Racism is a bad disease in society, but its cure can only come from the same society. A pervasive notion concerning racism is that it happens through generations, where old racists inflict their behavior into young people. Age is more likely to express individuals’ response to racism than education or geographical position. I have been a victim of racism since my childhood, but this has not killed my hopes and aspirations. I have led many books in history on how the Cold War in the U.S. developed into racism and how racial coding of concepts has tactically influenced political perspectives with the country. Although I still see my neighbors as brothers and sisters who can be saviors in time of need, racism is still deep-rooted in our neighborhoods.
We used to live in a white dominated neighborhood, but my family’s income was not adequate to allow us continue enjoying some amenities in that neighborhood. Paying a mortgage was a problem for my family. My parents could not afford to meet our daily needs and still manage to pay the mortgage. We opted to vacate to another neighborhood, where housing and other basic needs are affordable. Racism has continued to diminish economic outcomes for minority communities, as racists strive to take advantage of the minorities in their neighborhoods. There exists a deep cultural belief that white people are superior to other people based on their levels of income.
I was happy that we had found a place where were valued and recognized, although there are some white families who have detached themselves from the rest of the community. As a young kid, I had persevered insults from white families’ children. I remember one day when my brother and I were playing outside our compound and some white children passed by, with their pet dogs. They looked at us as if we were aliens. They screamed at us, claiming that we should not be playing on their playground. I was already warned by my parents of controlling my anger once I was confronted by such children. I kept my cool, although I was burning inside. Sometimes I would ask myself why I was born in a family of a minority group, but I never allowed such thoughts to surpass my life dreams. Despite this, I had a few friends from the whites’ families, who did not care about my color.
When people talk about racial problems in the U.S., they normally personify the forces involved. This is not far from the truth, as I can describe the actions and opinions of some groups, who have made the practice look like a well-calculated thought. For instance, in my previous neighborhood, the act of racism was well planned to portray social class differences than racism. There were secured residents for the whites, and scattered residents for other races. To live in a gated community where residential houses are surrounded by a perimeter wall, one has to pay an exorbitant fee, which is unaffordable to low-income earners.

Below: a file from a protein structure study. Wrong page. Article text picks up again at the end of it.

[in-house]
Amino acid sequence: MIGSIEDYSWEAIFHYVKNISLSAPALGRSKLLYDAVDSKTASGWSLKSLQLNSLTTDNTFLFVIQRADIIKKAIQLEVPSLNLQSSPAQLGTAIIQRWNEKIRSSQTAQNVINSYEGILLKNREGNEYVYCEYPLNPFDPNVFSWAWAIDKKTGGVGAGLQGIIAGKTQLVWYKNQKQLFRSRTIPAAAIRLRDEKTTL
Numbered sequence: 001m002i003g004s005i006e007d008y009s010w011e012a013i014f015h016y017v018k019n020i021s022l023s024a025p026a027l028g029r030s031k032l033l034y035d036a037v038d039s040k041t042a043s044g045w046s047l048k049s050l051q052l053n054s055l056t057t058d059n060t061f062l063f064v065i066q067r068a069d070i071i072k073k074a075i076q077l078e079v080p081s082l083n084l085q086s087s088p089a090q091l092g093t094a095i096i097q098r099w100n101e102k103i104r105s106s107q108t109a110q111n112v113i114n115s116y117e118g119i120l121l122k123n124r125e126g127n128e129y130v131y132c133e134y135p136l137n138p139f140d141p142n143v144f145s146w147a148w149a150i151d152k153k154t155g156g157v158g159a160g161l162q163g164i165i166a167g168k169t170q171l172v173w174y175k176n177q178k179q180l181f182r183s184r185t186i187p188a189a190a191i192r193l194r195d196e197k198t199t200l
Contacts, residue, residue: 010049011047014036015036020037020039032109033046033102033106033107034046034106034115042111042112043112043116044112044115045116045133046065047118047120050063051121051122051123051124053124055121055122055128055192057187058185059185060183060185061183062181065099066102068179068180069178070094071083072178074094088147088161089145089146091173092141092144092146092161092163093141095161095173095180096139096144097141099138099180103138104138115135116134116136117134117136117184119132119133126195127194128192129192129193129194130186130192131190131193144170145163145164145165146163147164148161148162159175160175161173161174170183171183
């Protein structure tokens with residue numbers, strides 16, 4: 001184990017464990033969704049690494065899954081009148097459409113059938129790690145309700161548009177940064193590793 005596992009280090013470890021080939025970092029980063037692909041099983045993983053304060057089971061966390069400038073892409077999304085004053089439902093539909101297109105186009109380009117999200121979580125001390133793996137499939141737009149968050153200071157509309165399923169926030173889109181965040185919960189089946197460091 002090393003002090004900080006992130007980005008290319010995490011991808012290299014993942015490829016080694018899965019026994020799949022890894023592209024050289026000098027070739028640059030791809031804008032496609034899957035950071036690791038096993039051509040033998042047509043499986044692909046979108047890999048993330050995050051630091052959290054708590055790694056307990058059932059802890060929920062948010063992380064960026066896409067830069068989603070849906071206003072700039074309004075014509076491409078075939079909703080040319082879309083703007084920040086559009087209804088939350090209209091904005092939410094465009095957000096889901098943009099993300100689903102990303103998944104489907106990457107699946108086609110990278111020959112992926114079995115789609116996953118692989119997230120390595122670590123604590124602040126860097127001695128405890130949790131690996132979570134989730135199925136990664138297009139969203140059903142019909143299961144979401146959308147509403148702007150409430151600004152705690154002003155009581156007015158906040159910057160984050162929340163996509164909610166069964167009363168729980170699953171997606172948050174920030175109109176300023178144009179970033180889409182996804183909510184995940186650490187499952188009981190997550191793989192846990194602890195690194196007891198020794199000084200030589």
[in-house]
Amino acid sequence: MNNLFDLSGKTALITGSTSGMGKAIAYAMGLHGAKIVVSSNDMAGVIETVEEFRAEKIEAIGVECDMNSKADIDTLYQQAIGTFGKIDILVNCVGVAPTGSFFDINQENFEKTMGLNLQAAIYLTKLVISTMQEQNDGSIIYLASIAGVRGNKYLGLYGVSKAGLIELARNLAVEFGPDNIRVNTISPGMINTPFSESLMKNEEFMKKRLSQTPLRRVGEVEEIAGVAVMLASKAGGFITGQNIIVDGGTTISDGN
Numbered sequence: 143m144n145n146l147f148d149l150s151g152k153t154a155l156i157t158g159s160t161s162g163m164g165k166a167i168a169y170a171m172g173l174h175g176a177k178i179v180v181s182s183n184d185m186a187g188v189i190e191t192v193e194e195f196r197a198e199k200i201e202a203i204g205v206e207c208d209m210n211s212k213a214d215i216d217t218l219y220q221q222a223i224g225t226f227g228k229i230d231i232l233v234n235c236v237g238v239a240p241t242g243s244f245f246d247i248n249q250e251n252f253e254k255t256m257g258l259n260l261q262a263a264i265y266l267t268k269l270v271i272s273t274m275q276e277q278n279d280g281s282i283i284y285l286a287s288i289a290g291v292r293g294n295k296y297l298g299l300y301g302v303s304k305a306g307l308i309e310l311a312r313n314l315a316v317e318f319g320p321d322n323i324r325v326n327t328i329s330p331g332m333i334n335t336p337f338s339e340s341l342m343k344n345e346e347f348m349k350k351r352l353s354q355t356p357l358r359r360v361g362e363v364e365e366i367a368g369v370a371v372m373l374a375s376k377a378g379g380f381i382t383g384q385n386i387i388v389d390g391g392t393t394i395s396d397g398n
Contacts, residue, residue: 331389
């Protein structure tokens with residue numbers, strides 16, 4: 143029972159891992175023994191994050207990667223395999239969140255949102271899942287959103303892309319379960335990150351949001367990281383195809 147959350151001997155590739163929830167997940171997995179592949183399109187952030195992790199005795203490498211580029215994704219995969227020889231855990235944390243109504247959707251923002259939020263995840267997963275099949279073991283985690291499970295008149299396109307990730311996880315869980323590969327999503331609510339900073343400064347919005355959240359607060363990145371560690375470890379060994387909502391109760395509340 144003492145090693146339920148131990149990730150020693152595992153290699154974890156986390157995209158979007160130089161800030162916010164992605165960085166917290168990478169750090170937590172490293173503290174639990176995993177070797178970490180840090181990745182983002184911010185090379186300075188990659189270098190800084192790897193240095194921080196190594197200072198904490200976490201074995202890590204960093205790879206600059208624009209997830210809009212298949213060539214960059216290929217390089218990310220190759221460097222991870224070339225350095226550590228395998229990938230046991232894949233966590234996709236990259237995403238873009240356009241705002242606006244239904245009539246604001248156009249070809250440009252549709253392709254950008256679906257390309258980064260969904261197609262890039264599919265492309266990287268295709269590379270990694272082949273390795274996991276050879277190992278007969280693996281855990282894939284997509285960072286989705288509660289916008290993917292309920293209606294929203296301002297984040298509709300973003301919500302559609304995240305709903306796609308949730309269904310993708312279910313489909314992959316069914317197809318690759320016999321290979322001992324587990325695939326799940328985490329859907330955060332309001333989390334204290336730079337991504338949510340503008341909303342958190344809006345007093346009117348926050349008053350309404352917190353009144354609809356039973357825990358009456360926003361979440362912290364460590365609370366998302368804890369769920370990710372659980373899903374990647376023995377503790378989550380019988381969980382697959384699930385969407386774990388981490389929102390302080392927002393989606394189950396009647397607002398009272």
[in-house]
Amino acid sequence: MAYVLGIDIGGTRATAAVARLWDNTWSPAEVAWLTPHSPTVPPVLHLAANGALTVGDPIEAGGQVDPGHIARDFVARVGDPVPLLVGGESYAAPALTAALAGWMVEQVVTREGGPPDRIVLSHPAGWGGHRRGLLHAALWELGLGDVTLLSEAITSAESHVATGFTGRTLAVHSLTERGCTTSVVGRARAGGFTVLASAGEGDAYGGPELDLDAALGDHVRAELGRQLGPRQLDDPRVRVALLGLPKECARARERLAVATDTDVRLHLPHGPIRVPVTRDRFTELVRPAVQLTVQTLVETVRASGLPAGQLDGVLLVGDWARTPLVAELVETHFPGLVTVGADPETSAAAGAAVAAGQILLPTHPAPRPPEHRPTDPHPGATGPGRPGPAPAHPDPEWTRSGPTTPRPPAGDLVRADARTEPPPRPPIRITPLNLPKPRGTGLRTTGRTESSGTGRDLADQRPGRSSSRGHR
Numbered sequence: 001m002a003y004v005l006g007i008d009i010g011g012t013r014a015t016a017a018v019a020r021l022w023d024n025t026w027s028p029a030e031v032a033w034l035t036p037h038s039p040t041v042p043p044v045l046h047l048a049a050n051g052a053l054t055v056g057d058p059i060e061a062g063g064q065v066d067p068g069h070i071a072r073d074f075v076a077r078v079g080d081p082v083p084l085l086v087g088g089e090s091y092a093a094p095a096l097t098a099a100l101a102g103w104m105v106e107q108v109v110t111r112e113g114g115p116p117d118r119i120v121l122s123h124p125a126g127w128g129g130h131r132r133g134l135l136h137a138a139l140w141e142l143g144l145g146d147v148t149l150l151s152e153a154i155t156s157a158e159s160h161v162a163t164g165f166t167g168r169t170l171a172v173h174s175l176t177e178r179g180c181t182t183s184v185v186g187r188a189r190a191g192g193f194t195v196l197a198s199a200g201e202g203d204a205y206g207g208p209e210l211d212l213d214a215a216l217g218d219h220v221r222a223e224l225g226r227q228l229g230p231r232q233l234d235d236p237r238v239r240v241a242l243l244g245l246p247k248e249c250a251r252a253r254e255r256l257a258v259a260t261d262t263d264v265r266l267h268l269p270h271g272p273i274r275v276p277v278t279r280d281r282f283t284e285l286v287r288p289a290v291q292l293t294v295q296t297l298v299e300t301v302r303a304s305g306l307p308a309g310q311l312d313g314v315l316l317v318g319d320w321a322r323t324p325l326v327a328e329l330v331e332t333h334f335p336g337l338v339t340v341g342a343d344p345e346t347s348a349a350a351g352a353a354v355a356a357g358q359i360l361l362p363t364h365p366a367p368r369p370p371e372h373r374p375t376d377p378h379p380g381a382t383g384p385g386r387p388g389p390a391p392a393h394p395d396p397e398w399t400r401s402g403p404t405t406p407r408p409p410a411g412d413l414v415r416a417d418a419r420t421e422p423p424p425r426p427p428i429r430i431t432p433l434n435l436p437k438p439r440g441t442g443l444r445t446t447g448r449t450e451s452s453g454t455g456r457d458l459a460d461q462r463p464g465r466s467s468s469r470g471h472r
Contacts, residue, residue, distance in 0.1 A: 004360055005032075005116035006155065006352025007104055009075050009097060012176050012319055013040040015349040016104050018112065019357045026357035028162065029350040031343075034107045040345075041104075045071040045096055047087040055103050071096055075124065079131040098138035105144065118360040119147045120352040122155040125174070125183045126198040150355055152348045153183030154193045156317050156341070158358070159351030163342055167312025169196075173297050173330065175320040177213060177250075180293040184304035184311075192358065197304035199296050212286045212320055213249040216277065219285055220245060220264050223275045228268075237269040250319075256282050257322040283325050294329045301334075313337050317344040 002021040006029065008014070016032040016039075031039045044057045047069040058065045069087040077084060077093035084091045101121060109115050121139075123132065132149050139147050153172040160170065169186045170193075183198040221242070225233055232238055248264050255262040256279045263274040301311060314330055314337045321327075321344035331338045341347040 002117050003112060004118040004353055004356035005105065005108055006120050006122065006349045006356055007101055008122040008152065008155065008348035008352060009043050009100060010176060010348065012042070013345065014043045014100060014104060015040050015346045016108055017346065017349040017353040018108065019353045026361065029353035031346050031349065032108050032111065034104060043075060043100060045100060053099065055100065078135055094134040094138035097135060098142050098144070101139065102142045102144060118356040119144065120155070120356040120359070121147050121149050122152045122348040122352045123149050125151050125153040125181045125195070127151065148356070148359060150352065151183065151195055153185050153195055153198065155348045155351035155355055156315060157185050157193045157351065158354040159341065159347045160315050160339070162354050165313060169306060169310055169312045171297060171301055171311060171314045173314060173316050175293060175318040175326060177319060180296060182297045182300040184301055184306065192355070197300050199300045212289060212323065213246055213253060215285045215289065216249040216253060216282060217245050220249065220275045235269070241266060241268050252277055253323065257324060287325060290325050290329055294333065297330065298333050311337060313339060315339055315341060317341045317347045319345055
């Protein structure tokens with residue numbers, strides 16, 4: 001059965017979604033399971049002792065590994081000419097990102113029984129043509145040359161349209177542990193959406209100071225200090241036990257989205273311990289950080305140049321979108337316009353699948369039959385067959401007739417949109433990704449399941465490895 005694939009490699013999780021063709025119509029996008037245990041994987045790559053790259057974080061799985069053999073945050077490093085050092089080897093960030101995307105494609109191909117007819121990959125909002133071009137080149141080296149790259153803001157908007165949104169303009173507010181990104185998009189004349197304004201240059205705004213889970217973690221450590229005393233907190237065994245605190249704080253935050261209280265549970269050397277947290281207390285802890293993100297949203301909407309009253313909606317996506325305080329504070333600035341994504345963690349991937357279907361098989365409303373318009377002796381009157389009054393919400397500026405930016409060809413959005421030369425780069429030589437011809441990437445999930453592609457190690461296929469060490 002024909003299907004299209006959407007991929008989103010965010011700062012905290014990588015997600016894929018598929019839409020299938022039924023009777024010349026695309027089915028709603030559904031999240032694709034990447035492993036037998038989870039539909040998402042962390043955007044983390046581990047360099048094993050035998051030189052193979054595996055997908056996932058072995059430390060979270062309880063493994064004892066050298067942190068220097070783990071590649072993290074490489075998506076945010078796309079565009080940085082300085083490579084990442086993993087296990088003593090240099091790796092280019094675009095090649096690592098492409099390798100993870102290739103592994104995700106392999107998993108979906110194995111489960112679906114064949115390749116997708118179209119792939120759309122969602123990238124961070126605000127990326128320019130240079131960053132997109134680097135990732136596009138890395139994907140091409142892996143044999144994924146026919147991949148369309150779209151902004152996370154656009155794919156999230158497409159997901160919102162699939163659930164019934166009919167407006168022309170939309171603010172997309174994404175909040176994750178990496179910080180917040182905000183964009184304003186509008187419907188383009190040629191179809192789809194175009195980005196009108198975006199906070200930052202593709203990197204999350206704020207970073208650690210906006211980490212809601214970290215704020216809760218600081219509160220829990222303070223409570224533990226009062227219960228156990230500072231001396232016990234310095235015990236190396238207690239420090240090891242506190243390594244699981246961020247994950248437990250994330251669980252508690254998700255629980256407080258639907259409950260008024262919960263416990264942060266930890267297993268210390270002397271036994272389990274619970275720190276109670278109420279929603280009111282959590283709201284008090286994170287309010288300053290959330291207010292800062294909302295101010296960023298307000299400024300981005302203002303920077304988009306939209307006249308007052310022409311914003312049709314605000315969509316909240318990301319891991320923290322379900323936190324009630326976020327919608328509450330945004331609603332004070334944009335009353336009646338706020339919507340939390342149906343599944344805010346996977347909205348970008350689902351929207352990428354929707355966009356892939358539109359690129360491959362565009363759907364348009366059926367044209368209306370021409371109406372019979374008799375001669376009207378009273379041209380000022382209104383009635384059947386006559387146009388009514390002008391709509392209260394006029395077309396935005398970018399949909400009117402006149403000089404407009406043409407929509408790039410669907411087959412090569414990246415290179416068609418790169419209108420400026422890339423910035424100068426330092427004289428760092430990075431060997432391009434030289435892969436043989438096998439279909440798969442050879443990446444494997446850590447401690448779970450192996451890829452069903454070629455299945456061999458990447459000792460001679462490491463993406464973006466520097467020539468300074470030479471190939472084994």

Our neighborhood is normally built in layers. The first layer depicts a generation that is separated through housing while the second layer became visible through selfish commercial gains. My father narrated to me how most people of color were compelled to sell their houses at a throwaway price because they occupied areas that were perceived as white-dominated. The fear of racial discrimination made them part with their residential houses to settle in other areas where minorities are dominant. The third layer emerged when the affluent whites managed to carve themselves into a single community with their own security details and other amenities within their area. This has a blessing in disguise, as it has enabled us to move around our residential area freely without the fear of being scolded.
Racism is still rampant in colleges, where students are expected to be more intelligent and wiser to make their own decisions. For minority students, prospering academically amid multiple confrontations with racism necessitates a different kind of resolve than just balancing school with work. As a minority community student, I encountered racism in my college, as I opted to join a predominantly white college where I thought I would get the best education to fit my career choice. Whenever I went to consult my lecturers for something, they never allowed me to take more than ten minutes while other students would take more than thirty minutes for the same. This behavior has made students of color to protest due to unequal treatment. Receiving e-mail messages from unknown people, calling names that are associated with people of color is a common thing in our college.
Sometimes I would like racists to place themselves in the shoes of the people they discriminate and experience how dreadful it is when someone refers to you as an inferior. I am yet to join employment, but I still believe that life will be better without racism. Our Constitution has offered protection to every person, regardless of his/her origin, race, ethnic group, or gender. The recent shootings that have been encountered in several colleges in the U.S. have been triggered by racism. We can eradicate racism in our neighborhoods if we agree to be equal and support each other without minding about our colors.